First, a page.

[BreachExchange] Alleged North Korean hack on Metrolinx may open ‘frightening new chapter’ in cybersecurity

Destry Winant destry at riskbasedsecurity.com
Wed Jan 24 20:40:48 EST 2018


An alleged cyberattack on transit provider Metrolinx from North Korea
is sparking concern about state-sponsored attacks on infrastructure,
but also criticism that the Ontario government agency is making the
accusation without showing any proof.

Metrolinx confirmed that malware was recently found on one of the
agency's computer networks, but said that transit safety was not
compromised and neither customer nor staff information was leaked.

Anne Marie Aikins said that investigators believe the attack
originated in North Korea and was routed through Russia, a scenario
that would make it part of what one expert called "a frightening new
chapter" in cybersecurity.

Independent technology analyst Carmi Levy said that the alleged source
of the attack points to a worsening vulnerability around key

"It actually fits in with the growing online risk that public
utilities – namely power generation/distribution, transportation,
water, sewage and other infrastructure, etc. – now face," he wrote in
an e-mail. "It's the kind of thing that should keep us all up at
night, and the signs now point to state-sponsored hackers getting in
on the action."

Last month, the United States government accused North Korean hackers
of being behind the WannaCry virus, a massive ransomware attack in May
that locked thousands of computers in more than 150 countries. A
series of attacks, including financial crimes and the 2014 hack of
Sony Pictures, have been blamed on the Lazarus Group, which some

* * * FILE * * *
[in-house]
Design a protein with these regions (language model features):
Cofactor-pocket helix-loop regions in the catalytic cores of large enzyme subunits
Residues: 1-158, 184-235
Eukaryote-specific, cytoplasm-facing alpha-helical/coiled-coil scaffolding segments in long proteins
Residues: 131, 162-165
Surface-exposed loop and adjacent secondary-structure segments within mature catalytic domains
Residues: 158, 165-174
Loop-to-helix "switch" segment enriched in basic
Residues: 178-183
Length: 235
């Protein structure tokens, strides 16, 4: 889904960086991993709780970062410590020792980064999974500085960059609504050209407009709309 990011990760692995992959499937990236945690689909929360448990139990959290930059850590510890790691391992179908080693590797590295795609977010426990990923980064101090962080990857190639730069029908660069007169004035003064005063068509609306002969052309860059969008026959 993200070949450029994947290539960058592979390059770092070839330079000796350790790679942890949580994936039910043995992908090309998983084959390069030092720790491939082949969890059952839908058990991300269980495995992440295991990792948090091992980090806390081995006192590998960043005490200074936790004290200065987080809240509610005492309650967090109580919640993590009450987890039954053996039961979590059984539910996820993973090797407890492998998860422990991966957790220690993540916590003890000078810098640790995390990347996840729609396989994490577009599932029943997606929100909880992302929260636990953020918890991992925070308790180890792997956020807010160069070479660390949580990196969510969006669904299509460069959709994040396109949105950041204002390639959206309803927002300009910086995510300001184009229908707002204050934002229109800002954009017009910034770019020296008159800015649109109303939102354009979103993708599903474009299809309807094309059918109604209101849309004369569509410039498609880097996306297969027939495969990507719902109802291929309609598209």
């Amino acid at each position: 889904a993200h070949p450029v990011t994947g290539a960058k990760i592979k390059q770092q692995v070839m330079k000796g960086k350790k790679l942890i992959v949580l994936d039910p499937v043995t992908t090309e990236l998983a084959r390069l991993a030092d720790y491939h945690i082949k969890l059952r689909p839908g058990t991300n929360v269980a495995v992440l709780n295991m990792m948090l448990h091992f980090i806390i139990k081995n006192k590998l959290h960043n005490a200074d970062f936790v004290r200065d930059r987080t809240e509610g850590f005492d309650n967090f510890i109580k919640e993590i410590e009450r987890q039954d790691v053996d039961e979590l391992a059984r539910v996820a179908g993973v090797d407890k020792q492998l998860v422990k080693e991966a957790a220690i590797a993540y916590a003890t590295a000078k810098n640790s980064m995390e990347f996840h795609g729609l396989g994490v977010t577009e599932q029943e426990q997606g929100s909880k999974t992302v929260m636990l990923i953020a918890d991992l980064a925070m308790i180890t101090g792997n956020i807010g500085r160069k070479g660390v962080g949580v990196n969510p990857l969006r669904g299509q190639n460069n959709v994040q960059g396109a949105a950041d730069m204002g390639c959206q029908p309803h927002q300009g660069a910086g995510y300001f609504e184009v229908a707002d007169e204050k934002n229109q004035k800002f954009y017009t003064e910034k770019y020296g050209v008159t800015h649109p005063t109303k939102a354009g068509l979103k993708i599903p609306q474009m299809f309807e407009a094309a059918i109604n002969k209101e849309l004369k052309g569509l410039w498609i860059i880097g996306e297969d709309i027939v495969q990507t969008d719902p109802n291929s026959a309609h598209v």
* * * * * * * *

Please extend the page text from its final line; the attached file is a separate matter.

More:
experts believe has links to North Korea.

In the case of Metrolinx, the agency's justification for blaming North
Korea remains shrouded in secrecy. Ms. Aikins said the agency could
not reveal its proof for security reasons, sparking criticism from the
head of Citizen Lab, a digital rights group at the University of

Ron Diebert said it would be "highly unethical and irresponsible" for
Metrolinx not to make public its proof.

"Given the high stakes for public safety and foreign policy, there is
no reason whatsoever for Metrolinx to not disclose whatever evidence
they have," he argued. "If North Korea was indeed responsible for the
attack, that would be a major development necessitating a Government
of Canada response, since Metrolinx is a Crown corporation."

Queries seeking federal reaction at Public Safety Canada, which
oversees the Canadian Cyber Incident Response Centre, were referred to
Global Affairs Canada. A spokesman there referred them back to Public

Ms. Aikins said only that the agency is "working very closely with our
cybersecurity officials in Toronto and Ottawa."

The malware was believed to be the type that, once latched onto a
system, tries to use its position to access networks connected to the
one it targeted. In the case of Metrolinx, it was found by
cyberexperts hired by the agency to probe its own system.

Ms. Aikins called the case an example of the need for strong and
evolving security precautions.

"It's important that you invest in the most robust information
systems, that they be tested regularly and updated," she said.

A spokesman for the Toronto Transit Commission said that it has not
experienced an attack of the type described by Metrolinx, but that it
has increased cybersecurity monitoring as a result.

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